If you could be interested in a new language, I have some ideas.
So far these are just the basics, but that's because it's still a work in progress.
If you already know how to program, I'll do some tutorials on algorithms later.
Please send me suggestions, doubts or criticisms!

What is Software Development and Programming?

Software development can be divided into two stages: design and coding.
What I mean by those two stages: software design is what you do when you're thinking about your software. Coding is the act of translating that into an actual program. So design worries about software engineering, algorithms, AI, and mostly everything, while coding worries about programming languages, and mainly only that.

You can learn design while knowing very little coding, but the most common learning path is to study coding first. For that, you just have to keep one thing in mind: learning a programming language is very similar to learning a natural one. That's because Turing demonstrated (with his "Turing completeness" notion) that minds are equivalent to computers. That is, if you understand how you would solve a problem, with all details, then you can translate your thoughts into any computer language.

So get into the mindset of learning a new language: in order to become fluent, you need not only a lot of practice, but also contact with other speakers. This is specially important with programming languages, since computers won't ever teach you vocabulary. For example, they won't ever say that, even though "walking in a speedy manner" works, "running" is a better way of saying it. So try finding a friend that can help you, even if just on the internet, and also try to read many other's codes. Anyway, computers do understand everything you tell them, and they will point out any minor syntactic error you make. That annoys many people, but you'll see that you'll learn syntax in no time because of it. Don't forget, learning languages is not easy, so don't give up for silly reasons.

On Programs, Procedures, Functions

Let's start with some basics: the basic block of a language is a procedure, also called a method, also called a function. Which means, going by the dictionary on those three words, that it is a series of actions, with a purpose, that acts on an input to produce an output. Let's see an example:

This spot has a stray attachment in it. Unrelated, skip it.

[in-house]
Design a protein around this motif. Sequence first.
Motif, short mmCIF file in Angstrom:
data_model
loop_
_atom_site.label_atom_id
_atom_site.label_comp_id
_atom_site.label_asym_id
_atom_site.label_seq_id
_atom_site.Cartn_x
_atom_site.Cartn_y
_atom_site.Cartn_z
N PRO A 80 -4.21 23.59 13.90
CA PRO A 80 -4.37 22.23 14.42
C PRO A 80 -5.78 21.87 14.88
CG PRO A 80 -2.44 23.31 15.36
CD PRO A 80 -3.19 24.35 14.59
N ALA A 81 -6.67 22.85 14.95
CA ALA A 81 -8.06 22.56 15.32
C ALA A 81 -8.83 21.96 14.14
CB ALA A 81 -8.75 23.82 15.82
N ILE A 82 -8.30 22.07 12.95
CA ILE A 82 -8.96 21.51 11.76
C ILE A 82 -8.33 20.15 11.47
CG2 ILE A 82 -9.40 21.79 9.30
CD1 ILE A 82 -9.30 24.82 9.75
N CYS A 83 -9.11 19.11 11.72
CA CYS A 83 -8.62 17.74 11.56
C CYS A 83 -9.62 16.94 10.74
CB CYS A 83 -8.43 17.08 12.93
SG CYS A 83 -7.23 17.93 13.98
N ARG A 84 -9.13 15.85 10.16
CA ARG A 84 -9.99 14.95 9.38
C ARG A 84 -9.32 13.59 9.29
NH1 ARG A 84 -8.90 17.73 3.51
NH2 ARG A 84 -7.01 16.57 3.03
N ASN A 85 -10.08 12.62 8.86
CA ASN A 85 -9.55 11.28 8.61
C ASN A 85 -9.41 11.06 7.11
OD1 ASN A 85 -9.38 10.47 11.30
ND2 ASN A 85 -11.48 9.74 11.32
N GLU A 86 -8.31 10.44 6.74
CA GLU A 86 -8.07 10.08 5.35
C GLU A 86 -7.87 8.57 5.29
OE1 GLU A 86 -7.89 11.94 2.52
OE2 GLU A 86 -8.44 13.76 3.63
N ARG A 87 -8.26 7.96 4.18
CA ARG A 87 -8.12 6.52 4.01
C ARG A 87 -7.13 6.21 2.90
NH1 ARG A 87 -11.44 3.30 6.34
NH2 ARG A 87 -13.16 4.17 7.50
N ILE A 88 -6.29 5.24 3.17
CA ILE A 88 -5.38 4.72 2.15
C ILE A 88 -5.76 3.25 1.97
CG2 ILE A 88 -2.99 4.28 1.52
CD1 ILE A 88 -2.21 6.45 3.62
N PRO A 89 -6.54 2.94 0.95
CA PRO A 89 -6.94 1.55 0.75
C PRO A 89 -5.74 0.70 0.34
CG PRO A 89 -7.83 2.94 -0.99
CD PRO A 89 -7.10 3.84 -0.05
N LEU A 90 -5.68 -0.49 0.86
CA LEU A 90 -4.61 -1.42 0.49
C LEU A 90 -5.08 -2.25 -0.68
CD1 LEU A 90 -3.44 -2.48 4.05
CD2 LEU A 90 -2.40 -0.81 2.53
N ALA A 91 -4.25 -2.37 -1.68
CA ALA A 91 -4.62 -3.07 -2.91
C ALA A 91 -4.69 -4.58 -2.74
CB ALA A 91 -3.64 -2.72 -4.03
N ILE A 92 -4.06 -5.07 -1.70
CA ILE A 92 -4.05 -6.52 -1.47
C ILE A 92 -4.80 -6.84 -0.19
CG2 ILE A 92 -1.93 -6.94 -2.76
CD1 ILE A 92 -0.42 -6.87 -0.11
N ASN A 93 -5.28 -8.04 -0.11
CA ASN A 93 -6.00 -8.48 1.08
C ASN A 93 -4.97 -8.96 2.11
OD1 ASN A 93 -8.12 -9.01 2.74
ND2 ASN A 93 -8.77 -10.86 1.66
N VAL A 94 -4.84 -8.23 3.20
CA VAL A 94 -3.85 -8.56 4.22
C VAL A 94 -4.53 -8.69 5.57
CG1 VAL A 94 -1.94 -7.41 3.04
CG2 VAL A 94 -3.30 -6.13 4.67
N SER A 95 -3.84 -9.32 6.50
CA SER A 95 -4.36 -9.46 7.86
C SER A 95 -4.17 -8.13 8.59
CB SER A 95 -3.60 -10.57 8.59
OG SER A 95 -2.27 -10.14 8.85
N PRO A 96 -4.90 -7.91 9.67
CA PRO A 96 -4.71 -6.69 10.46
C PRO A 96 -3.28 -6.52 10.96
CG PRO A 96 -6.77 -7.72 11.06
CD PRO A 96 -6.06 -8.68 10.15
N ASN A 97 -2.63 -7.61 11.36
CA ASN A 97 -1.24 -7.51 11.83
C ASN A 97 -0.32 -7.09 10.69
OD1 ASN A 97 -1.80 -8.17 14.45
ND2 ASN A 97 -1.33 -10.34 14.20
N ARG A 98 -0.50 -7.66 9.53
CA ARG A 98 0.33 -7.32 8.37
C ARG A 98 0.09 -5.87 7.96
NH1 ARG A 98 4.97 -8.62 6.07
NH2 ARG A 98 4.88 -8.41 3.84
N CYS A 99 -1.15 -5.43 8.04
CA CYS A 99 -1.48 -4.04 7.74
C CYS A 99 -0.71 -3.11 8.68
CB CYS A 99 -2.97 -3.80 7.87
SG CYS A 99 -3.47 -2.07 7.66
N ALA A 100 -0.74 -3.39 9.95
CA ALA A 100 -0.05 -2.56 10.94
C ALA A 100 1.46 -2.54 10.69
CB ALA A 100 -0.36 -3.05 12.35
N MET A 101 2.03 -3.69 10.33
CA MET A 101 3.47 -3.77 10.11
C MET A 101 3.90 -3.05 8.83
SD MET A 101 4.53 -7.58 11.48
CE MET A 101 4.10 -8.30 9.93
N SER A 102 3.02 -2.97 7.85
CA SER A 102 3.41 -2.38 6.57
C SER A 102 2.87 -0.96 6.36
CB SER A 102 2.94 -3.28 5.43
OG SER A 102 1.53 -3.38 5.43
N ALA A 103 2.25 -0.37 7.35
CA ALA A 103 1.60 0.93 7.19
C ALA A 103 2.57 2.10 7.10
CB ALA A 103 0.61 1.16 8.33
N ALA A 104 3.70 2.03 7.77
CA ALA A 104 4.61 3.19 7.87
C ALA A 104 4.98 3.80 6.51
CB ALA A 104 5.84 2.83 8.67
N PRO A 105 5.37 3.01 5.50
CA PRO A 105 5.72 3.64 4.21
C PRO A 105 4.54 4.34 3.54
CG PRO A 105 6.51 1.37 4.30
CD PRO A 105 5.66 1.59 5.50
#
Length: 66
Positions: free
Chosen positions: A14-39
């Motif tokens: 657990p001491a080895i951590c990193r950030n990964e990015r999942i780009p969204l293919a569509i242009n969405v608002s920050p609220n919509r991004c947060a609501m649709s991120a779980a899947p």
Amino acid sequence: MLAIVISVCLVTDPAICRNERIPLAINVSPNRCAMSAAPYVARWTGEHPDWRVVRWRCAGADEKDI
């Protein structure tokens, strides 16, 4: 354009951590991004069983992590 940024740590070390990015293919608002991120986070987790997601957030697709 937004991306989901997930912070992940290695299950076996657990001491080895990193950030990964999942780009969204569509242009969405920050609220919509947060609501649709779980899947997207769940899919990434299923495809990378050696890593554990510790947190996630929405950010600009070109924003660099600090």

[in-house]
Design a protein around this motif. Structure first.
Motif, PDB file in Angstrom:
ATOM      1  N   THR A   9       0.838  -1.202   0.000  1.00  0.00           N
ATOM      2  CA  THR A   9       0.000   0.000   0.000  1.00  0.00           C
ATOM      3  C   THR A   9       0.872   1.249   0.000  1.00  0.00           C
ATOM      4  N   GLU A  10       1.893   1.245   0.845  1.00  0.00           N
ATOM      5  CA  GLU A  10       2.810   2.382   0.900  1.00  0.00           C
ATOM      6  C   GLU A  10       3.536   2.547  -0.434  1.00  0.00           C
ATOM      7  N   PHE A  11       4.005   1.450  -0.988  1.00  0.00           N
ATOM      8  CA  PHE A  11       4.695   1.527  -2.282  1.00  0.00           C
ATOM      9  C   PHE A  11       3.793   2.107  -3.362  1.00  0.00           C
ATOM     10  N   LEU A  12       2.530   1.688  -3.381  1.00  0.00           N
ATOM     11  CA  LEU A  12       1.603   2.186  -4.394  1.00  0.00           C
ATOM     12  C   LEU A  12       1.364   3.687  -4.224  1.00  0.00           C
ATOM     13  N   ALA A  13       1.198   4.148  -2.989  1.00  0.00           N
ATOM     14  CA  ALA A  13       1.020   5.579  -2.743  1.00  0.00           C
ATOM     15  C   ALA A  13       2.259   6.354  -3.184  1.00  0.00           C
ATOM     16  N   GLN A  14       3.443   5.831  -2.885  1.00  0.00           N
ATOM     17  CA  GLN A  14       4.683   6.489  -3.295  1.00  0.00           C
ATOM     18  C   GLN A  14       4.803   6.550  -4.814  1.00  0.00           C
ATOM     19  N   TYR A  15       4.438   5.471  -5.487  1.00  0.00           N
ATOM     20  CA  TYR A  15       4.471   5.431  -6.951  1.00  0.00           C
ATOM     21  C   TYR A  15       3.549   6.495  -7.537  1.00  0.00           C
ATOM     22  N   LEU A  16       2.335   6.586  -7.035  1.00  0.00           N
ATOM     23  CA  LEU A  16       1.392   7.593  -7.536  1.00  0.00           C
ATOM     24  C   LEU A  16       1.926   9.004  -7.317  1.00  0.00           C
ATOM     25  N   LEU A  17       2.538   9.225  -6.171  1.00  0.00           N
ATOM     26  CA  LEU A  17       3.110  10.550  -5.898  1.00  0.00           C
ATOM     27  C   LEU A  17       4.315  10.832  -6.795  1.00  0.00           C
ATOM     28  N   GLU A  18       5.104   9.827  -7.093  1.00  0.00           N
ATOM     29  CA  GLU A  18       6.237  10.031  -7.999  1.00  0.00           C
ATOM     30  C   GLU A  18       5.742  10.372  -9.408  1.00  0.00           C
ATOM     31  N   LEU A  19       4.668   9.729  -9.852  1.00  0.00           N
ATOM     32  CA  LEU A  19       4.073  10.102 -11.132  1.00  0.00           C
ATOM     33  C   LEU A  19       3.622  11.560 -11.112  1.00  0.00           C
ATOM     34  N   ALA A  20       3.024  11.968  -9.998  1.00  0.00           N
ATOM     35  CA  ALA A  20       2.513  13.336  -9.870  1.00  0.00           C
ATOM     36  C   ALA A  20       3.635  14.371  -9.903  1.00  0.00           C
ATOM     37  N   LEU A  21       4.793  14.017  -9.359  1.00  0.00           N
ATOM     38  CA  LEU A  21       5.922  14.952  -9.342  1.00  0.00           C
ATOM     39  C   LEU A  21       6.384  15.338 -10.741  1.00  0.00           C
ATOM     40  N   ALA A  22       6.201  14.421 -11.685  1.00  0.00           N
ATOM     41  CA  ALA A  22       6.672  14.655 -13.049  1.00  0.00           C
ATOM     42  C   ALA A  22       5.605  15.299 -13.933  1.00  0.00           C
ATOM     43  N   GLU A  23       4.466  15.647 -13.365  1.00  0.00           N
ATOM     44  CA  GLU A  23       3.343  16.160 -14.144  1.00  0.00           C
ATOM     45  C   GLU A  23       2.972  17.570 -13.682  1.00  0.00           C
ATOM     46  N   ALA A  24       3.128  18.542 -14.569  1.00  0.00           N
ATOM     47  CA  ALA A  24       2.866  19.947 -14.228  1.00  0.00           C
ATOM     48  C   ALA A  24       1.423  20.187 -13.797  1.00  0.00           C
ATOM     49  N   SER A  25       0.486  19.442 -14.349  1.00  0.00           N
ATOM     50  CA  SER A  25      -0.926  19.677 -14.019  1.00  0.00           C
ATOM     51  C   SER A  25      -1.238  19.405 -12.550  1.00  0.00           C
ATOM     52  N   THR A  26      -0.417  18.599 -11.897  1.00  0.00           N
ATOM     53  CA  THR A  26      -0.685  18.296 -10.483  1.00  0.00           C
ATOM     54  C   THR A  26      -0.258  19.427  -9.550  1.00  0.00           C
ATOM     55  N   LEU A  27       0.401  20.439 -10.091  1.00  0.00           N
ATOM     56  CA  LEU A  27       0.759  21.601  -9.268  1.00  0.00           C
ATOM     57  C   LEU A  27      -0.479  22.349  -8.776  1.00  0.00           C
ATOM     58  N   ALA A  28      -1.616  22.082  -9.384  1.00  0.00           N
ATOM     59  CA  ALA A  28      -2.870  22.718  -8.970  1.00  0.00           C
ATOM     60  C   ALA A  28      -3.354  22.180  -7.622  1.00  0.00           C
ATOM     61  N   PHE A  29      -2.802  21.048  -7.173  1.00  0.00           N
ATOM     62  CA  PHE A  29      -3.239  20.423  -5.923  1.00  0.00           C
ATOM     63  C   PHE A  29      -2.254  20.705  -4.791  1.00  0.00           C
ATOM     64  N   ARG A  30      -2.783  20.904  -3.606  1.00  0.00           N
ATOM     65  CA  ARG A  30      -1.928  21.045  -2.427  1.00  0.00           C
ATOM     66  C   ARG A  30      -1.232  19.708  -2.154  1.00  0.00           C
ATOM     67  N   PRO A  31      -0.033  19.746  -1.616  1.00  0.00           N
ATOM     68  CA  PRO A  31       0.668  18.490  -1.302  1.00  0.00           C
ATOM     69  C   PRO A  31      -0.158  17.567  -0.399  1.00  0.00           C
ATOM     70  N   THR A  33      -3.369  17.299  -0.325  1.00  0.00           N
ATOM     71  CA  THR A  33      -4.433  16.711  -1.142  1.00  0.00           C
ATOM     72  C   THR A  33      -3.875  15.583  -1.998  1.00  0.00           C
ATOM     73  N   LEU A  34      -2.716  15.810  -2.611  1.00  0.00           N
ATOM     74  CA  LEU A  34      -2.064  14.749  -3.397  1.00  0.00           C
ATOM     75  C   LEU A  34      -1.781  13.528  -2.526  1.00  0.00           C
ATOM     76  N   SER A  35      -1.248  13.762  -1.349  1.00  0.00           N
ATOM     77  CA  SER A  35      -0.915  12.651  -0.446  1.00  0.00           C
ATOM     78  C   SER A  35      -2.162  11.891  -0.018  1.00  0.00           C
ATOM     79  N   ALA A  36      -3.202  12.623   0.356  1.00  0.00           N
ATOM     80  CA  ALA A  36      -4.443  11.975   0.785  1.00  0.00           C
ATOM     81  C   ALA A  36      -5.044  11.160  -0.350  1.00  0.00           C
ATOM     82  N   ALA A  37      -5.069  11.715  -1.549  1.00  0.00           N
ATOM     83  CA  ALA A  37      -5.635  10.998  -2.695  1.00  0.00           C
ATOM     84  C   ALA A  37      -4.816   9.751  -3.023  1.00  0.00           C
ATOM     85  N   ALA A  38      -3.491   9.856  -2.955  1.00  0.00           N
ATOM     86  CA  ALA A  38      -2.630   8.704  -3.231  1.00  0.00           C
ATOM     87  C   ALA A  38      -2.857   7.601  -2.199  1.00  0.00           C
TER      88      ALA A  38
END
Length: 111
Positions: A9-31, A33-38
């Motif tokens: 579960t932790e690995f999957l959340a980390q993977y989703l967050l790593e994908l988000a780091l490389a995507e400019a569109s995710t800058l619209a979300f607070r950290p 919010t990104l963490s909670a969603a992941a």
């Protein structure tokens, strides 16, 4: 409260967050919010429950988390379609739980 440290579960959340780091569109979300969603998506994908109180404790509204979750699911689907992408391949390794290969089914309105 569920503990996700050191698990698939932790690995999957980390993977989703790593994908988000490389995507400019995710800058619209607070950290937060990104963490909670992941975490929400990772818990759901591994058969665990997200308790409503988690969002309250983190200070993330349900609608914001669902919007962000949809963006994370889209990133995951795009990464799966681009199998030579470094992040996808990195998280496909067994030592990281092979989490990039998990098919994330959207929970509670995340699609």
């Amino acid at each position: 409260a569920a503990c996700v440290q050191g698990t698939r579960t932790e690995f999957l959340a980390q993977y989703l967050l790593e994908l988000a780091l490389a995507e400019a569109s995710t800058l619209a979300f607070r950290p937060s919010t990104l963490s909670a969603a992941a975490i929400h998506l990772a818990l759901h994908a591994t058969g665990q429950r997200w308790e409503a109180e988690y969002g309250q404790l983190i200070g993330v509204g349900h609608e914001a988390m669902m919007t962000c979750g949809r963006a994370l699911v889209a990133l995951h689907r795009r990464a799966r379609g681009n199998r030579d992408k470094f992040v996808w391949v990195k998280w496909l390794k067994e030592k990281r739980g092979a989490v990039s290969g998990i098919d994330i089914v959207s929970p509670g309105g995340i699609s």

bool isLoginValid(string username, string password) {
  if (passwordDatabase[username] == password)
    return true;
    return false;

The purpose of this function is to validate a login. It does that by comparing the given password with the one associated with the username on the program's password database, then outputting true of false if they match or not. For your information, "string x" means that x is a sequence of characters, and "bool" is the type for true and false (don't worry about memorizing that yet, we'll be learning everything in more depth later). This isn't a very secure system, since storing passwords in a database allows for reading them directly, so anyone that figures out a way of doing so would have access to anyone's account. So let's see another example:

bool isLoginValid(string username, string password) {
  string salt;
  salt = saltDatabase[username];
  if (hash(password, salt) == hashDatabase[username])
    return true;
    return false;

There are a lot of details in this new version, and you don't need to try understanding any of it. Just note that you have a series of steps, generally one per line, and that when executed they say if a login is valid or not, even if you don't understand exactly what each of them does yet. Also, there's a function "hash" there, executed taking "password" and "salt" as inputs, so note that you can use functions inside the definition of functions.

Moving on, let's talk about the structure of a code file. You can notice that the definition of "function" also applies to complete programs, and indeed a program is a function. However, as we noted, we can use other, "auxiliary" functions to help defining it. Also, in our examples, we never told the computer where were our databases, but we'd need to in a real program.

And that's mainly it: a program is composed of a "main" function (which we are often forced to call "main"), auxiliary function definitions, and other things such as databases. But code for a software can be quite big, so for organization most languages allow you to split it in multiple files. So here's an example of a complete program in C:

#include <stdio.h>
void main() {
  printf("Hello World!");

The first line says that we're also using the STanDard Input and Output file, which contains standard code for input and output such as writing to the screen. The second line is saying that our main function takes no input and produces no direct output. Then the third is the instruction that the main function performs: writing "Hello World!" on the console (we call that "printing" it). Go on and run that: you can try IdeOne, just change the language on the bottom left from "Java" to "C".

On Types and Objects

Let's go back to functions: they get some input and produce some output. But what really are these values? Well, they're data of some kind. We already saw they can be strings, booleans, databases. Technically, they are just a bunch of bits, but we, programmers, see them for what they represent instead. And the definition of what exactly they should represent is done by the programmers themselves.